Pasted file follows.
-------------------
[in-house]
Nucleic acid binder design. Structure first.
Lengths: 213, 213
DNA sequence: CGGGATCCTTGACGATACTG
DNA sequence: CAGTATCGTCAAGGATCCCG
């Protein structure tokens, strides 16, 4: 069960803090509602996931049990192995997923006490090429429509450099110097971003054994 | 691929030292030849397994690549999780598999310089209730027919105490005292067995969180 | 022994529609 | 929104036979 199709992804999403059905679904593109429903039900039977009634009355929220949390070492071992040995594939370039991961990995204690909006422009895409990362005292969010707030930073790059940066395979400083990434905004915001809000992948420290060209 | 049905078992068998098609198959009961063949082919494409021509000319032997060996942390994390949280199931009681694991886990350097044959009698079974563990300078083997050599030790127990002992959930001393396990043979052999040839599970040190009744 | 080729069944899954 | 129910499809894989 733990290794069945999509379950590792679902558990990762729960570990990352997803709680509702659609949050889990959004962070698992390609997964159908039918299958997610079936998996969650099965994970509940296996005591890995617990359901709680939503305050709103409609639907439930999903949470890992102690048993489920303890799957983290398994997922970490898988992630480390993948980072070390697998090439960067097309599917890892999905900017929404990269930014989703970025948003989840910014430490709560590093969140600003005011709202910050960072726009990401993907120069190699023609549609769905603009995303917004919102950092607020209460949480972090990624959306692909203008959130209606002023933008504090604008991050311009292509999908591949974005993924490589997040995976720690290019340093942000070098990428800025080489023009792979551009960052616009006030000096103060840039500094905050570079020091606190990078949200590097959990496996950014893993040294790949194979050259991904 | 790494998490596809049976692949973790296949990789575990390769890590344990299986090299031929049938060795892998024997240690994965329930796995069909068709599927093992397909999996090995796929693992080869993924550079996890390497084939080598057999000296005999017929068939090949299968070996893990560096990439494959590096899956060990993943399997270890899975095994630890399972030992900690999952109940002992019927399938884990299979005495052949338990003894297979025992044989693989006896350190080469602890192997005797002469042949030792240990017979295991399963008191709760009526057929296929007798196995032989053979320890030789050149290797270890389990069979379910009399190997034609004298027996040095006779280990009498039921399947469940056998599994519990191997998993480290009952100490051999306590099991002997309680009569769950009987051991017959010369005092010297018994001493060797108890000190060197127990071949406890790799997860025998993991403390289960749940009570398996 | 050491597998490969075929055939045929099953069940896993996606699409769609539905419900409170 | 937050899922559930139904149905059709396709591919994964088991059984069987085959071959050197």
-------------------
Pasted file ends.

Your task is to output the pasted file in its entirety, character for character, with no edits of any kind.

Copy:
[in-house]
Nucleic acid binder design. Structure first.
Lengths: 213, 213
DNA sequence: CGGGATCCTTGACGATACTG
DNA sequence: CAGTATCGTCAAGGATCCCG
């Protein structure tokens, strides 16, 4: 069960803090509602996931049990192995997923006490090429429509450099110097971003054994 | 691929030292030849397994690549999780598999310089209730027919105490005292067995969180 | 022994529609 | 929104036979 199709992804999403059905679904593109429903039900039977009634009355929220949390070492071992040995594939370039991961990995204690909006422009895409990362005292969010707030930073790059940066395979400083990434905004915001809000992948420290060209 | 049905078992068998098609198959009961063949082919494409021509000319032997060996942390994390949280199931009681694991886990350097044959009698079974563990300078083997050599030790127990002992959930001393396990043979052999040839599970040190009744 | 080729069944899954 | 129910499809894989 733990290794069945999509379950590792679902558990990762729960570990990352997803709680509702659609949050889990959004962070698992390609997964159908039918299958997610079936998996969650099965994970509940296996005591890995617990359901709680939503305050709103409609639907439930999903949470890992102690048993489920303890799957983290398994997922970490898988992630480390993948980072070390697998090439960067097309599917890892999905900017929404990269930014989703970025948003989840910014430490709560590093969140600003005011709202910050960072726009990401993907120069190699023609549609769905603009995303917004919102950092607020209460949480972090990624959306692909203008959130209606002023933008504090604008991050311009292509999908591949974005993924490589997040995976720690290019340093942000070098990428800025080489023009792979551009960052616009006030000096103060840039500094905050570079020091606190990078949200590097959990496996950014893993040294790949194979050259991904 | 790494998490596809049976692949973790296949990789575990390769890590344990299986090299031929049938060795892998024997240690994965329930796995069909068709599927093992397909999996090995796929693992080869993924550079996890390497084939080598057999000296005999017929068939090949299968070996893990560096990439494959590096899956060990993943399997270890899975095994630890399972030992900690999952109940002992019927399938884990299979005495052949338990003894297979025992044989693989006896350190080469602890192997005797002469042949030792240990017979295991399963008191709760009526057929296929007798196995032989053979320890030789050149290797270890389990069979379910009399190997034609004298027996040095006779280990009498039921399947469940056998599994519990191997998993480290009952100490051999306590099991002997309680009569769950009987051991017959010369005092010297018994001493060797108890000190060197127990071949406890790799997860025998993991403390289960749940009570398996 | 050491597998490969075929055939045929099953069940896993996606699409769609539905419900409170 | 937050899922559930139904149905059709396709591919994964088991059984069987085959071959050197």